RPR's Market Activity report is an ideal option for agents who want to create enduring and results-oriented relationships through social media. The report presents a snapshot of changes in a local real estate market based on listing and MLS information, and includes active, pending, sold, expired, distressed, new for lease, and recently leased properties, as well as recent price changes and upcoming open houses for a period of up to six months. Here's a quick tutorial on how to post your RPR Market Activity Report to Facebook.
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RPR Reports: A Member's New Best Friend
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3 RPR Report Customizations You Should Be Doing Now
Ready to get more out of the reports you create? Follow these three report customizations to make the reports you create in RPR showcase the exact information your clients require.
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[Infographic] Best Seasons to Sell a Home
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Understanding the Real Estate Market to Generate More Sales in 2019
There are many ways to generate more sales for your real estate business. Learning new sales techniques and understanding different ways to market yourself is important. But what about understanding the local real estate market around you? That's what Pam Ermen did to become a great real estate agent.
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Are You Keeping Home Sold Price Records?
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Research Properties with the RPR Map
The RPR map is a powerful way to visually search for properties and uncover market trends. From aerial, road, and overhead views, to schools, parcels, estimated values, heat maps, overlays and more, we'll show you how easy it is to draw or designate your map in ways that suit every type of interest or need.
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Share This: Market-Driven Graphics Your Sphere Will Love
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Find the Local Market that Offers the Best Growth Opportunity
Selecting and working in the wrong local market is a costly mistake that many real estate professionals make. But with some background knowledge, it's an error that you can avoid. If you selected your current Local Market based on the following factors, you may want to reconsider (and we will show the tools to do this, below): I live in this neighborhood; I like the area, the homes are nice; Other agents are marketing there, so I should too; I've got a listing there The reasons for choosing a local market area above aren't wrong, but they shouldn't be your sole reasoning. In this article, we'll look at how to select the best Local Market area—one that you can master (and be profitable in). To achieve this, we'll need to do some calculations (which we will walk you through step by step). Learn how to: Calculate the opportunity of a geographic area; Calculate the potential future opportunities of a particular market area; Look at other variables that will affect the Local Market you choose. To get started, grab a calculator, a pad of paper, and a pen. Let's get started!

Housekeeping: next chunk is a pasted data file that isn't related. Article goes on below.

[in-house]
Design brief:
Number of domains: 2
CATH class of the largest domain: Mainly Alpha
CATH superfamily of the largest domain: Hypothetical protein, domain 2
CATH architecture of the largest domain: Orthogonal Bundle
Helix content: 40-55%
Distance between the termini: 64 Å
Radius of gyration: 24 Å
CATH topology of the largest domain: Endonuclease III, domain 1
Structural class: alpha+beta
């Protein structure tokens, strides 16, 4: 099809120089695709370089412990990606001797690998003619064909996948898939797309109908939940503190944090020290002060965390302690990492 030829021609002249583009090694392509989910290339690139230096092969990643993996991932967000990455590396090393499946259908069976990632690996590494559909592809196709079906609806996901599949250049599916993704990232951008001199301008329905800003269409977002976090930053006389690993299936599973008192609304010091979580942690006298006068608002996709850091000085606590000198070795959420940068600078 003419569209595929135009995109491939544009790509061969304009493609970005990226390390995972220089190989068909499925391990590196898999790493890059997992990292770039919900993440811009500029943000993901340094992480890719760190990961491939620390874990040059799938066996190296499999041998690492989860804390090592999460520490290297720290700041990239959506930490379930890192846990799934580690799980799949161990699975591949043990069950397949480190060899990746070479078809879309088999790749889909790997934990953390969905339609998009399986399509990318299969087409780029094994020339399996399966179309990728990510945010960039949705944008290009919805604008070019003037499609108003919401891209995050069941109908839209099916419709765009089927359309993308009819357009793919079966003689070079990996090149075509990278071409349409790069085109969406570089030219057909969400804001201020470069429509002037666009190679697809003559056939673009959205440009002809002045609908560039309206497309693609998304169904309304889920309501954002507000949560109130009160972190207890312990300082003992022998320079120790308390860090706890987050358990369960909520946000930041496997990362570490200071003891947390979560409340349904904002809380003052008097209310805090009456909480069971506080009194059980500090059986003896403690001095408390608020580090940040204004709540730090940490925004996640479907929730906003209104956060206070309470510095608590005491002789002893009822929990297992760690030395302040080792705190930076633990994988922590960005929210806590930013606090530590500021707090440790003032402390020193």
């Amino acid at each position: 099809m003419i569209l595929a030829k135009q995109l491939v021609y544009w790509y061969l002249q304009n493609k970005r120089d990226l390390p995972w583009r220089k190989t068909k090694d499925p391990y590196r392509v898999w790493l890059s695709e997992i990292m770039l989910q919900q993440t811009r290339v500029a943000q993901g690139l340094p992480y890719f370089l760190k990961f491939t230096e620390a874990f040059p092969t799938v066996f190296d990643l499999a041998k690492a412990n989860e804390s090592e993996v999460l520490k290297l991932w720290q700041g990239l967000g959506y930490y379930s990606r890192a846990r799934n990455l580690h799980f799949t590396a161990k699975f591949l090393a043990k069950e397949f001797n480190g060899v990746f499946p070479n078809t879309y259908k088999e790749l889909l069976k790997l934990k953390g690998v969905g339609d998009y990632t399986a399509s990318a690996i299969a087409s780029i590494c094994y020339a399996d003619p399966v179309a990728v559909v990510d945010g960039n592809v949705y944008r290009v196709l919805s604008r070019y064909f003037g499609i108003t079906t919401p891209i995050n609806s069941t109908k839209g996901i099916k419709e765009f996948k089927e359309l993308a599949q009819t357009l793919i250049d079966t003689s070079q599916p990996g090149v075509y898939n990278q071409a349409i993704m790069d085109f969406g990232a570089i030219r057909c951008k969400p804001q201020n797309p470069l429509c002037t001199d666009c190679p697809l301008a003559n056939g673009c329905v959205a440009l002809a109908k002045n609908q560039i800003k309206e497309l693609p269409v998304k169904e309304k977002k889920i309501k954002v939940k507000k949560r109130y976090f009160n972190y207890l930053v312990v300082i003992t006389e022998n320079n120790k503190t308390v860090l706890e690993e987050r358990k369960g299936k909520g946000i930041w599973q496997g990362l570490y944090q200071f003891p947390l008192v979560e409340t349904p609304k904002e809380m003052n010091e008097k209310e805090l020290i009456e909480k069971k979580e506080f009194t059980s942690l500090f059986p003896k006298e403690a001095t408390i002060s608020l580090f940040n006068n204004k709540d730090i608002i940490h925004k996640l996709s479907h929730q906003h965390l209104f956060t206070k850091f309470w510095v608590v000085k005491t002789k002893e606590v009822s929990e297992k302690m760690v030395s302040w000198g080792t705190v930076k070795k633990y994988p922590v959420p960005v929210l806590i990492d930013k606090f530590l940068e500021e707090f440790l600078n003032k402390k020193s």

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Top Job Markets for Real Estate Professionals vs. Top U.S. Real Estate Markets
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Grow as You Go: Searching Your Subject Property on RPR®
Here's where it all begins: the hunt for knowledge. It's what sets a REALTOR® apart from the unrefined data gathered by consumers via national real estate portals. As an RPR® user with an expert understanding of the local market, you have the power to analyze and manage a platform of unparalleled data to the extent that no other search mechanism offers. In fact, no other real estate data sharing website offers side-by-side, listing vs. public record comparisons like RPR. And it's all at your disposal, as a member benefit. In Part II of our eight-step series of Grow as You Go articles for new and seasoned RPR users, we'll talk about how the platform's vast array of search capabilities can become your "go-to tool" for virtually every aspect of your prospecting, listing, buying, selling, and open house business. And how your curiosity, competitive spirit, and compelling desire to succeed all begin with a search for knowledge. So let's jump in. Performing a New Search Your journey begins here, at the homepage search bar, with six unique options—each with their own individual set of drill-down filters. These varied and plentiful tools will get you exactly where you need to be, and also provide opportunities to extend your search beyond what you can imagine.
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Friday Freebie: Guide to Mobile Engagement
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Product Review: RBIntel